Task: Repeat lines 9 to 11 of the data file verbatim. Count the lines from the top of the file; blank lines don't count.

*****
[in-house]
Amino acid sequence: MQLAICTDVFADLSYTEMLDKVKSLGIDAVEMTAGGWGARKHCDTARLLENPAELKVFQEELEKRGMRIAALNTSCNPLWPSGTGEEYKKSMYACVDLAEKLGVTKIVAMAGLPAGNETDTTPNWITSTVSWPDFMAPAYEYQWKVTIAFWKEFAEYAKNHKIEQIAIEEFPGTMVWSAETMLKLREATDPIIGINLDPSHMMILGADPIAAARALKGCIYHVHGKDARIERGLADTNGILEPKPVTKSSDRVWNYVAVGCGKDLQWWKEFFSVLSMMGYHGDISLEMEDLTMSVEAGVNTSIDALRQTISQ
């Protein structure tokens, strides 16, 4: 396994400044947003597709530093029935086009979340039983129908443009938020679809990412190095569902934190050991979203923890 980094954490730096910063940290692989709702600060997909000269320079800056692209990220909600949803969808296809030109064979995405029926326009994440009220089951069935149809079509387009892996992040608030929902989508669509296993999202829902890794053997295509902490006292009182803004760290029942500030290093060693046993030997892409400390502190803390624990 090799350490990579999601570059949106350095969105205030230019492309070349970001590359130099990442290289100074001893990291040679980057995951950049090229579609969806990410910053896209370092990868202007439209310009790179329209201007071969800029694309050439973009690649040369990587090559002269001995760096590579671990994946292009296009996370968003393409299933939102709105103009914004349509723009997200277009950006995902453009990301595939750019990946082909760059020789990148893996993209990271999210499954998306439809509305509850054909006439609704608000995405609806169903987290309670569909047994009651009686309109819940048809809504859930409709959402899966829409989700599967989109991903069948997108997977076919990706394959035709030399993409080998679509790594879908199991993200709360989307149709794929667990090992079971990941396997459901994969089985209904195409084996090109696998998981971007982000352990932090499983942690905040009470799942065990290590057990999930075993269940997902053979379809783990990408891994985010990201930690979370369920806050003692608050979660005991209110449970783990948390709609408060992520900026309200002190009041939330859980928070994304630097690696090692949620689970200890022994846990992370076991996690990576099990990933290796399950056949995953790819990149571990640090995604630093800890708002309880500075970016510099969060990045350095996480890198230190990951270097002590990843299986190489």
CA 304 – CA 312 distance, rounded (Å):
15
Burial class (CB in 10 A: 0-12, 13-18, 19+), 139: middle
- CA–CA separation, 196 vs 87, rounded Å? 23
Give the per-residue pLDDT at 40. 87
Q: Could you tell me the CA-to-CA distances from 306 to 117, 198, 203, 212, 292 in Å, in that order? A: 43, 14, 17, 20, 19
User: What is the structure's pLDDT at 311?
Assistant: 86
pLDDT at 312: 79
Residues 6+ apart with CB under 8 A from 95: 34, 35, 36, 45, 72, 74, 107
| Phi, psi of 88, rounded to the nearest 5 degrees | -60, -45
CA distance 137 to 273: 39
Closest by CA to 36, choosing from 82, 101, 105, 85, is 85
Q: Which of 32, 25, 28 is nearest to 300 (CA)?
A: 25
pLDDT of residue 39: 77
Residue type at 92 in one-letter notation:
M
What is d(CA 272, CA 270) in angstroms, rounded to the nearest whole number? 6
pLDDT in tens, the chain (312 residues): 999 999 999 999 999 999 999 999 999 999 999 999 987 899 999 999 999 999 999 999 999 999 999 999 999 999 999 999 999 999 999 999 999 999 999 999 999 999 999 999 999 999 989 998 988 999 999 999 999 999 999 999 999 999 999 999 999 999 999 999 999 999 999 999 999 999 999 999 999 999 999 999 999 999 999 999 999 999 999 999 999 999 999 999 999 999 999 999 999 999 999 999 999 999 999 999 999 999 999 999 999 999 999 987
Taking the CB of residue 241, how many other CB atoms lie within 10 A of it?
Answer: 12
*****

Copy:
Q: Could you tell me the CA-to-CA distances from 306 to 117, 198, 203, 212, 292 in Å, in that order? A: 43, 14, 17, 20, 19
User: What is the structure's pLDDT at 311?
Assistant: 86